A new report published by the independent think-tank the Resolution Foundation has revealed that a poor employment performance stretching back decades is turning the West Midlands city region into Britain’s biggest employment blackspot, and played a key role in the region’s vote to leave the EU.
As the area prepares to elect its first ever Metro Mayor in May, the Foundation says that tackling these longstanding employment problems should be a top priority for both the new Mayor and national government. It is calling on Whitehall to recalibrate its flagship ‘Midlands Engine’ project – which currently stretches from the Severn to the Humber – so that it focuses on making the West Midlands city region jobs-fit.
The Foundation says that the West Midlands’ jobs woes were a significant factor behind its support for Brexit. Its analysis finds that the region as a whole delivered the strongest vote to leave of any region in the UK, once other characteristics such as age and income were controlled for, while Walsall, Sandwell and Dudley saw amongst the largest Leave votes in the country.
The report shows the depth of the West Midlands city region’s jobs failure, including:
- Entering the downturn with the lowest employment rate of any city region at 66.3 per cent, following slower-than-average jobs growth in the years running up to the financial crisis;
- Not sharing in the recent jobs miracle across the UK, with employment prospects having only improved at a glacial pace since the depths of the downturn in 2011. The West Midlands now has the lowest employment rate of any major city region at just 64.5 per cent; and,
- Having employment troubles that are shared across the region. Solihull is the only local authority to have a higher employment rate than the city region average at 72.7 per cent. Birmingham is bottom of the pack with employment down at 60.9 per cent, followed by Walsall at 65.1 per cent.
Looking at the reasons behind the West Midlands’ employment troubles, the report highlights three groups that are experiencing particular troubles finding work: young people, BAME and low-qualified workers. It notes that barely half of all young people aged 16-29 are in work (51 per cent).
The report also highlights a poor recent performance on pay – the West Midlands’ lost its pay premium over other city regions during the 2000s – which has meant that living standards across the region started to stagnate even before the crisis.
The Foundation adds that despite the bleak picture on employment, there are plenty of grounds for optimism that the region can turn its fortunes around. It notes that young people receiving free school meals in state-funded schools in the West Midlands city region are more likely to progress to higher education than in any city other than London. It also has the highest proportion of students of any city region.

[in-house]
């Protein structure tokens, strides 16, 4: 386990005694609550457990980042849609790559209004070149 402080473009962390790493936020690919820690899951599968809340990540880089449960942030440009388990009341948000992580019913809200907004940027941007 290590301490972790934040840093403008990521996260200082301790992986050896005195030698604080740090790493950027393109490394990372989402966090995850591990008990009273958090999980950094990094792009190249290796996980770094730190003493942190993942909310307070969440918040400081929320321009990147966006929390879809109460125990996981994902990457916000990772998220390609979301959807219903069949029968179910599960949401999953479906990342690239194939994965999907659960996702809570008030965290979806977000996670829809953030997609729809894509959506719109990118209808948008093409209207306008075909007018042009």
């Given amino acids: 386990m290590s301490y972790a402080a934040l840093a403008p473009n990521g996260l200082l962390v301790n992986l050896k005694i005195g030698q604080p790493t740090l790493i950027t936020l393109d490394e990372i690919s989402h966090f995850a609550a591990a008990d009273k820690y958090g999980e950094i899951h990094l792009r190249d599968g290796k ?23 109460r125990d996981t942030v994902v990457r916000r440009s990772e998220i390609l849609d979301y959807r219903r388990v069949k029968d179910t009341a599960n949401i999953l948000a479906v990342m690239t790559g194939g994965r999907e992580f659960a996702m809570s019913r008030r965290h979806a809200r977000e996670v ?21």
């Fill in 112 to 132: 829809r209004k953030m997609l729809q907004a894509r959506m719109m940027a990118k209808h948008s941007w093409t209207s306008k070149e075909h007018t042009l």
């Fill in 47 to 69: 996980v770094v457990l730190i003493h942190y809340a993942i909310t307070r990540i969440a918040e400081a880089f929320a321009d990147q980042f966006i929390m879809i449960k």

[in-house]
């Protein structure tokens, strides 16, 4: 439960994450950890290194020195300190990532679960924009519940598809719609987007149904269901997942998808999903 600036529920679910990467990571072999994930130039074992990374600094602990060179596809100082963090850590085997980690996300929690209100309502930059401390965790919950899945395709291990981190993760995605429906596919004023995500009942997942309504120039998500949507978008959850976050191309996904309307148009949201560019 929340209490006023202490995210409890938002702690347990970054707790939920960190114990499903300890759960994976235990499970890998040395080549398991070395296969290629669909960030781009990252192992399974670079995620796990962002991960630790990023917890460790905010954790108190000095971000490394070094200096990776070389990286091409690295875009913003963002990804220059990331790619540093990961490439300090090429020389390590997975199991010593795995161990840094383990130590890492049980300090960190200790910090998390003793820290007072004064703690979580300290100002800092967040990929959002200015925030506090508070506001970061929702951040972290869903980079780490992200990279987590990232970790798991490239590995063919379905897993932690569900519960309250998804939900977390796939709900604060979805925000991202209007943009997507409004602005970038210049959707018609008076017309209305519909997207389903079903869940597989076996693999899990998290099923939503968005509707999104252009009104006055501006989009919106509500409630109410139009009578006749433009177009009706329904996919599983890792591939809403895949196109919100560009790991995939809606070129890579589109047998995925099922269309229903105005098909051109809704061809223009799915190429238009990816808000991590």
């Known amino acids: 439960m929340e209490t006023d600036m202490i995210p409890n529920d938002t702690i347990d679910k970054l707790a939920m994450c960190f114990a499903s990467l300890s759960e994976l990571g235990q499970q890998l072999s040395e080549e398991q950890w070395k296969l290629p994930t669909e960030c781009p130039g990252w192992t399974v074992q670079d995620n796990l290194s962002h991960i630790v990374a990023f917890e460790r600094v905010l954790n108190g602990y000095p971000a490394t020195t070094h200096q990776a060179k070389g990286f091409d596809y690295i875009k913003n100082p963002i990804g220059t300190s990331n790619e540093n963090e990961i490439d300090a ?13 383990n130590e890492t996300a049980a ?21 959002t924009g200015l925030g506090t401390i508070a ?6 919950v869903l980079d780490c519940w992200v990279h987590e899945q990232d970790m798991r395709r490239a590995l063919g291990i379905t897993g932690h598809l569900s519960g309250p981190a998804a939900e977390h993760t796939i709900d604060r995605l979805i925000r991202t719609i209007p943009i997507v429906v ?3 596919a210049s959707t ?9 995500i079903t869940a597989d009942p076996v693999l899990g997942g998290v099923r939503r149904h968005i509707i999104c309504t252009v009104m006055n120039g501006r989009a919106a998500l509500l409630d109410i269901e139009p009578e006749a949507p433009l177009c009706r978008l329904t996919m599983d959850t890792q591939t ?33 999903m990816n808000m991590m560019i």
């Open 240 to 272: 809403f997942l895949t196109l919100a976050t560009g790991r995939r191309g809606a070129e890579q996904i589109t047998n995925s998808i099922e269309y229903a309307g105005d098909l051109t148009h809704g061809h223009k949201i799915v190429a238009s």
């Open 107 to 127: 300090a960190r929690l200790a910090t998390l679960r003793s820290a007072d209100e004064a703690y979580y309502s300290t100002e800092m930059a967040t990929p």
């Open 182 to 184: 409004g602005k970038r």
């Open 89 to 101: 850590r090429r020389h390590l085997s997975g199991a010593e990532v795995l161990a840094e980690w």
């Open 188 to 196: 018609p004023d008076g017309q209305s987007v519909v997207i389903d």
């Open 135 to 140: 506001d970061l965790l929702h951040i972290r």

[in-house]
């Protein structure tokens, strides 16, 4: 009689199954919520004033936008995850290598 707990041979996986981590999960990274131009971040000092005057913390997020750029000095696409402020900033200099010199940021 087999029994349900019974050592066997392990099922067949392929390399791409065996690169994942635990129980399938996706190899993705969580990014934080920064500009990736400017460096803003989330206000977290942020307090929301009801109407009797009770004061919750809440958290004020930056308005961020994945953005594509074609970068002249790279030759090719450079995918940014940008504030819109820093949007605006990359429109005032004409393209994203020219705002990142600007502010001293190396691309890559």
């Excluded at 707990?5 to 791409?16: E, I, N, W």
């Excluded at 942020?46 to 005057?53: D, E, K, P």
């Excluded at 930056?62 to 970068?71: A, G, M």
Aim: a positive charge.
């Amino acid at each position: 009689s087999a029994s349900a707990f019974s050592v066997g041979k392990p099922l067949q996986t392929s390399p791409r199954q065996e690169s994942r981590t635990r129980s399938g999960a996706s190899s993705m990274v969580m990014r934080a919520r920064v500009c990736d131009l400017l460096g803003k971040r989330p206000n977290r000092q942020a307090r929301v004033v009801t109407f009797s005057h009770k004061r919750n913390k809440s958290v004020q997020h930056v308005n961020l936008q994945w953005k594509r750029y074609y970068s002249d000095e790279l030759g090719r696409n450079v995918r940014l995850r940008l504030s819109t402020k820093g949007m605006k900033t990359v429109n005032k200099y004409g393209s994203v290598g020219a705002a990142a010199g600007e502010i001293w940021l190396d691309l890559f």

Looking ahead to how the new Metro Mayor can turn the region’s economic prospects around, the Foundation highlights three key priorities:
- Ensure the city region has a ‘jobs rich’ industrial strategy. As well as capitalising on its strong manufacturing base, the city region should also look to expand into more ‘jobs-rich’ areas such as the high value services sector, such as insurance and financial services;
- Utilise the West Midlands’ ‘human goldmine’ of its large student population. Improving its graduate retention rates by attracting knowledge jobs to the region would boost productivity and create spillover benefits for local non-graduates too; and,
- Prioritise support for disadvantaged groups. The report calls for investment in back-to-work programmes to support young and low-qualified people into employment, along with specific outreach programmes for the region’s BAME population.
The West Midlands’ terrible record on job creation has created a huge employment blackspot and was a key factor behind its overwhelming vote to leave the EU.
Conor D’Arcy, Policy Analyst at the Resolution Foundation, said:
“The West Midlands’ terrible record on job creation has created a huge employment blackspot and was a key factor behind its overwhelming vote to leave the EU.
“Turning the city region’s economic prospects around will be a huge task facing the new Mayor, and they should have the full backing of central government too. Whitehall should recalibrate its flagship Midlands engine project to supporting the new Mayor in overseeing a long overdue jobs boom across the West Midlands.
“This approach will be particularly important for those struggling to find work, such as young people, those with poor qualifications and the region’s large BAME population. A jobs-rich recovery would also ensure that the whole region benefits from rising living standards. Its strong record on getting young people into university shows that there is plenty of potential for the new Mayor to harness.
“For years the West Midlands has been ignored as previous governments have focused on making London the financial capital of the world and Manchester a Northern Powerhouse. It’s high time Birmingham, Coventry and the Black Country are brought out of the shadows and made the focus of a national renaissance for Britain’s major cities.”
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